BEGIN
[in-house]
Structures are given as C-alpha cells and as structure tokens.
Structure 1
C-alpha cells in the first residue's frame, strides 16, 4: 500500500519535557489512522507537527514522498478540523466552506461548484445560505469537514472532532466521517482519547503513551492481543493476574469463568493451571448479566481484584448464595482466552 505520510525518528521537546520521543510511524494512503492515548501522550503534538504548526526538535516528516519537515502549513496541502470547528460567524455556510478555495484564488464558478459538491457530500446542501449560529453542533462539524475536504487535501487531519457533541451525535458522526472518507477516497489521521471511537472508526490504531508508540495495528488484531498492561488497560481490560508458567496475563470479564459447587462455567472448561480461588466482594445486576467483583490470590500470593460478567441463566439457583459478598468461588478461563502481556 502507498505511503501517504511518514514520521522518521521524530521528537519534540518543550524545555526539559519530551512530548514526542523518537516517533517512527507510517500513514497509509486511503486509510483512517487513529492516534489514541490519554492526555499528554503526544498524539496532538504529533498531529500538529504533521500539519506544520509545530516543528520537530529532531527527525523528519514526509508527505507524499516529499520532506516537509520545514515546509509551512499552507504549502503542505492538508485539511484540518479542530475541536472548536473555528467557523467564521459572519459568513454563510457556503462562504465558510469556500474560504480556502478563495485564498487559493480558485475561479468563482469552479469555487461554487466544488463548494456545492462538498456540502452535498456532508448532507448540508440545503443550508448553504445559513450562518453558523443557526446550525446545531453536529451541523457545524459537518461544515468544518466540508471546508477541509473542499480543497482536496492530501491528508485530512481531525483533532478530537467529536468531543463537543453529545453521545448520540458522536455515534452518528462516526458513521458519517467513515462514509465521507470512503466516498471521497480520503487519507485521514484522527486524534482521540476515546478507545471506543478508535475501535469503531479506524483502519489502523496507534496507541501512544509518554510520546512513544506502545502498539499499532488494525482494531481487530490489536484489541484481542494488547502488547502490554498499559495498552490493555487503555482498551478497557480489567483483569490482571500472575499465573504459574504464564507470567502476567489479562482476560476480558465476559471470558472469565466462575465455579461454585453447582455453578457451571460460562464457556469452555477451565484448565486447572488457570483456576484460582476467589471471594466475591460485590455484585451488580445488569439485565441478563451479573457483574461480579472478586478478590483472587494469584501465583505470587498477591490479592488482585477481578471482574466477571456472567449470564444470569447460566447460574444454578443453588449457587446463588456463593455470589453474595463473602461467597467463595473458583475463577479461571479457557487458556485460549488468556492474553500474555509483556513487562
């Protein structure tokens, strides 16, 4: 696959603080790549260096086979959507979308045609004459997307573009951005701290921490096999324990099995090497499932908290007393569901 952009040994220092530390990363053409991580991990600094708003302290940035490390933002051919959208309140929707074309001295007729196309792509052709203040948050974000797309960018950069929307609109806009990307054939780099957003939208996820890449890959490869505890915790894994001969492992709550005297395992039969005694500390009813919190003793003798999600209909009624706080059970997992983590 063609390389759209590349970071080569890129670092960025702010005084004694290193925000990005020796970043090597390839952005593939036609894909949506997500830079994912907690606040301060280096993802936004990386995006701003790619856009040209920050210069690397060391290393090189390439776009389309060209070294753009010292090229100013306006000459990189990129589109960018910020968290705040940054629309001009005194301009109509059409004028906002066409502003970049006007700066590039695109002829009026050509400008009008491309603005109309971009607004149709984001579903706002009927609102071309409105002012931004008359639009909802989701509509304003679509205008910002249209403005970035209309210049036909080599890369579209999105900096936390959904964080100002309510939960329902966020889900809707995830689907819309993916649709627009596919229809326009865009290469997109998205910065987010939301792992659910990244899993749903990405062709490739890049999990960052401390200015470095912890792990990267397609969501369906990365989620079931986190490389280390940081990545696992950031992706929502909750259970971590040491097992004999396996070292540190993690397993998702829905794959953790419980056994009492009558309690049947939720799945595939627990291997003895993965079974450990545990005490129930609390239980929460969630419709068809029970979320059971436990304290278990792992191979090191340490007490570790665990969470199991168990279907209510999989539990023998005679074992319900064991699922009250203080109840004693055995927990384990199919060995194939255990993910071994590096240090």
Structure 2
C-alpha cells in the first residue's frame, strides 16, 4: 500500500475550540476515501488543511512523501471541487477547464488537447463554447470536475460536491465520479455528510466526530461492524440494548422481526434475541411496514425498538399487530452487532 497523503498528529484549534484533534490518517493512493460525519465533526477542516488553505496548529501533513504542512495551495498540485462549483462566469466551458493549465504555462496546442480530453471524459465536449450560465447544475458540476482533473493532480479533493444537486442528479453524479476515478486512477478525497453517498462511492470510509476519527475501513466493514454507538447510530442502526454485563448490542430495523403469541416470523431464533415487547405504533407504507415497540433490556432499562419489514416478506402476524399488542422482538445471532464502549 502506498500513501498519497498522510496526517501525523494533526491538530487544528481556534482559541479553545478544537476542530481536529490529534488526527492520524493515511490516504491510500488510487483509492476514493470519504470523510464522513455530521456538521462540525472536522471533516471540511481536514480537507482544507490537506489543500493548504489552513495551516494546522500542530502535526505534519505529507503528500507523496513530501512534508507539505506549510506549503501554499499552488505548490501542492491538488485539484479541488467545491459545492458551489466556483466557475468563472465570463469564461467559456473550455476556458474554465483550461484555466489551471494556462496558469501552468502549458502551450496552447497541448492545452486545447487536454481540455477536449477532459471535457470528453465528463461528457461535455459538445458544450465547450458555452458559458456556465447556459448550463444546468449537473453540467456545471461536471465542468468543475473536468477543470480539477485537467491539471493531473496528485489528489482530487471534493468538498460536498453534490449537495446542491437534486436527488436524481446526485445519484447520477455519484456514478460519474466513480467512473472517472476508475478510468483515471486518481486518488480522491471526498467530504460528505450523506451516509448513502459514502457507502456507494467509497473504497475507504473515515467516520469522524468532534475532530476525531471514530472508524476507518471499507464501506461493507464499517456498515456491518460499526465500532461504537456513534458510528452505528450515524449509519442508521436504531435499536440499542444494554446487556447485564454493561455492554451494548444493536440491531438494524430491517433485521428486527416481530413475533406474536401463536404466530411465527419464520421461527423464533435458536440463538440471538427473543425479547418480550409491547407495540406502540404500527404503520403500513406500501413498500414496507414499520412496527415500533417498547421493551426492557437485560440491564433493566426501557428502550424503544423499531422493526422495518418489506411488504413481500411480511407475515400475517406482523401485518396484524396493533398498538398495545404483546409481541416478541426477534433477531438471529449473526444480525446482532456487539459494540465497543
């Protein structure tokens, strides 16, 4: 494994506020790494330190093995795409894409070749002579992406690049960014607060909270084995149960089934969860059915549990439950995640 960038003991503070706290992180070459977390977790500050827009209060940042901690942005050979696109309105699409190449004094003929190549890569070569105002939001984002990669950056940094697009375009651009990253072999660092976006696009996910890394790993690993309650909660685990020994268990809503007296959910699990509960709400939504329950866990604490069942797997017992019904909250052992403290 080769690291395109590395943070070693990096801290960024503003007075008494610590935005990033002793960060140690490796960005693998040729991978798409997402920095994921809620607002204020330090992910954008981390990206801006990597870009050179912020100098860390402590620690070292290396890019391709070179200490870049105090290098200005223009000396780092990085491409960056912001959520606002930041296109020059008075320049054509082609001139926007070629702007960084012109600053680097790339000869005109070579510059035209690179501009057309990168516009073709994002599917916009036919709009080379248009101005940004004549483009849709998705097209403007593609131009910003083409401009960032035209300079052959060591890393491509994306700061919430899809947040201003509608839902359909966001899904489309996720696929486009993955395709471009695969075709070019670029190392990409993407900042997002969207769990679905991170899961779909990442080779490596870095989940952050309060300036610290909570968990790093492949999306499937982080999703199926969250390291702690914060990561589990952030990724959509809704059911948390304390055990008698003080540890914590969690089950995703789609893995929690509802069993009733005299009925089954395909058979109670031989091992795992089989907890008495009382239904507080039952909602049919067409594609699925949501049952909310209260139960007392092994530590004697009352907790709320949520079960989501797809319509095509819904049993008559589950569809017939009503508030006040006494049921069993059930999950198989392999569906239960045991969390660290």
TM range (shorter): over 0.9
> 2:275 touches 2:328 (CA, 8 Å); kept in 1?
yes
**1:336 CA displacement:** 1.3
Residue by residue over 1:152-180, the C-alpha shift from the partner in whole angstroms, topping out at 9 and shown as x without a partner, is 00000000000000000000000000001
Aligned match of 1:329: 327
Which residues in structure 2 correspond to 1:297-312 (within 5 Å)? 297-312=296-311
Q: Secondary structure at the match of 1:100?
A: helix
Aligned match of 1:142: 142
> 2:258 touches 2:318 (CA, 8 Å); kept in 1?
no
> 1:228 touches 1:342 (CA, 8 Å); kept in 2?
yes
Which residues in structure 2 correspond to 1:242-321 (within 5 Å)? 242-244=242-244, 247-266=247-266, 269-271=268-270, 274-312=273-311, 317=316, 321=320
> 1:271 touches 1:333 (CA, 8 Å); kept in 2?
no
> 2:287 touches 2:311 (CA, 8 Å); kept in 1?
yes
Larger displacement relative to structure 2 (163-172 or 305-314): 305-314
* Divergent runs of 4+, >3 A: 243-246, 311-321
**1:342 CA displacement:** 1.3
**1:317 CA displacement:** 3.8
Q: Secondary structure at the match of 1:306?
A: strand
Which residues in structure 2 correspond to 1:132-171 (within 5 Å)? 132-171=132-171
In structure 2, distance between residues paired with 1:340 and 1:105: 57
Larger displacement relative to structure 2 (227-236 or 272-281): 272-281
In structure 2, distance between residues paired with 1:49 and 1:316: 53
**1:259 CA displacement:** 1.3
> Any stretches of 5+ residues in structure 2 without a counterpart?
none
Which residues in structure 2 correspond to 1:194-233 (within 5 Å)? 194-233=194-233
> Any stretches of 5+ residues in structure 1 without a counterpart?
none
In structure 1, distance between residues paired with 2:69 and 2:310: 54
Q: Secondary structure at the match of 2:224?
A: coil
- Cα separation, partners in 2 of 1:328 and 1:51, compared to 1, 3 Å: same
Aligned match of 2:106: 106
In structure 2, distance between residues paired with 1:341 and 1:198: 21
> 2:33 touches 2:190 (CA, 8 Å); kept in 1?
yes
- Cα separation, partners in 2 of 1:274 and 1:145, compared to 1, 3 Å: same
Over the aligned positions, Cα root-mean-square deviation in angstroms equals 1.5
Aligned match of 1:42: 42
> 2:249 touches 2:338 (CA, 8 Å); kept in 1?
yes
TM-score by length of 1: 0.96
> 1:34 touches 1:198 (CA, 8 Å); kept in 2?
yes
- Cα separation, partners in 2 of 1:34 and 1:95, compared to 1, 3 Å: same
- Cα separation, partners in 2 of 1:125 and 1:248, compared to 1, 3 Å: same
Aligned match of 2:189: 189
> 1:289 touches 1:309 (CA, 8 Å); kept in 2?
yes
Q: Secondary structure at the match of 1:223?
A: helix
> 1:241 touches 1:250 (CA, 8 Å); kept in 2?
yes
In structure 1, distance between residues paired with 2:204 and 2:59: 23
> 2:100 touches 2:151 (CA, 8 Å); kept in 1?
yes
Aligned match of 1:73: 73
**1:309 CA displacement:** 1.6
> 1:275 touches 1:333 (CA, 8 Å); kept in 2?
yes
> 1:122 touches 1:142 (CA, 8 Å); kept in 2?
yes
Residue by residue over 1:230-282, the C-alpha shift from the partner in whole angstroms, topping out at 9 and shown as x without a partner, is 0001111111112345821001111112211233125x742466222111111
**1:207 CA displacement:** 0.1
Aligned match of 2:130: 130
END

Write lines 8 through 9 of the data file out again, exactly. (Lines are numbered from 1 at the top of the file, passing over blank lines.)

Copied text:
């Protein structure tokens, strides 16, 4: 494994506020790494330190093995795409894409070749002579992406690049960014607060909270084995149960089934969860059915549990439950995640 960038003991503070706290992180070459977390977790500050827009209060940042901690942005050979696109309105699409190449004094003929190549890569070569105002939001984002990669950056940094697009375009651009990253072999660092976006696009996910890394790993690993309650909660685990020994268990809503007296959910699990509960709400939504329950866990604490069942797997017992019904909250052992403290 080769690291395109590395943070070693990096801290960024503003007075008494610590935005990033002793960060140690490796960005693998040729991978798409997402920095994921809620607002204020330090992910954008981390990206801006990597870009050179912020100098860390402590620690070292290396890019391709070179200490870049105090290098200005223009000396780092990085491409960056912001959520606002930041296109020059008075320049054509082609001139926007070629702007960084012109600053680097790339000869005109070579510059035209690179501009057309990168516009073709994002599917916009036919709009080379248009101005940004004549483009849709998705097209403007593609131009910003083409401009960032035209300079052959060591890393491509994306700061919430899809947040201003509608839902359909966001899904489309996720696929486009993955395709471009695969075709070019670029190392990409993407900042997002969207769990679905991170899961779909990442080779490596870095989940952050309060300036610290909570968990790093492949999306499937982080999703199926969250390291702690914060990561589990952030990724959509809704059911948390304390055990008698003080540890914590969690089950995703789609893995929690509802069993009733005299009925089954395909058979109670031989091992795992089989907890008495009382239904507080039952909602049919067409594609699925949501049952909310209260139960007392092994530590004697009352907790709320949520079960989501797809319509095509819904049993008559589950569809017939009503508030006040006494049921069993059930999950198989392999569906239960045991969390660290």
TM range (shorter): over 0.9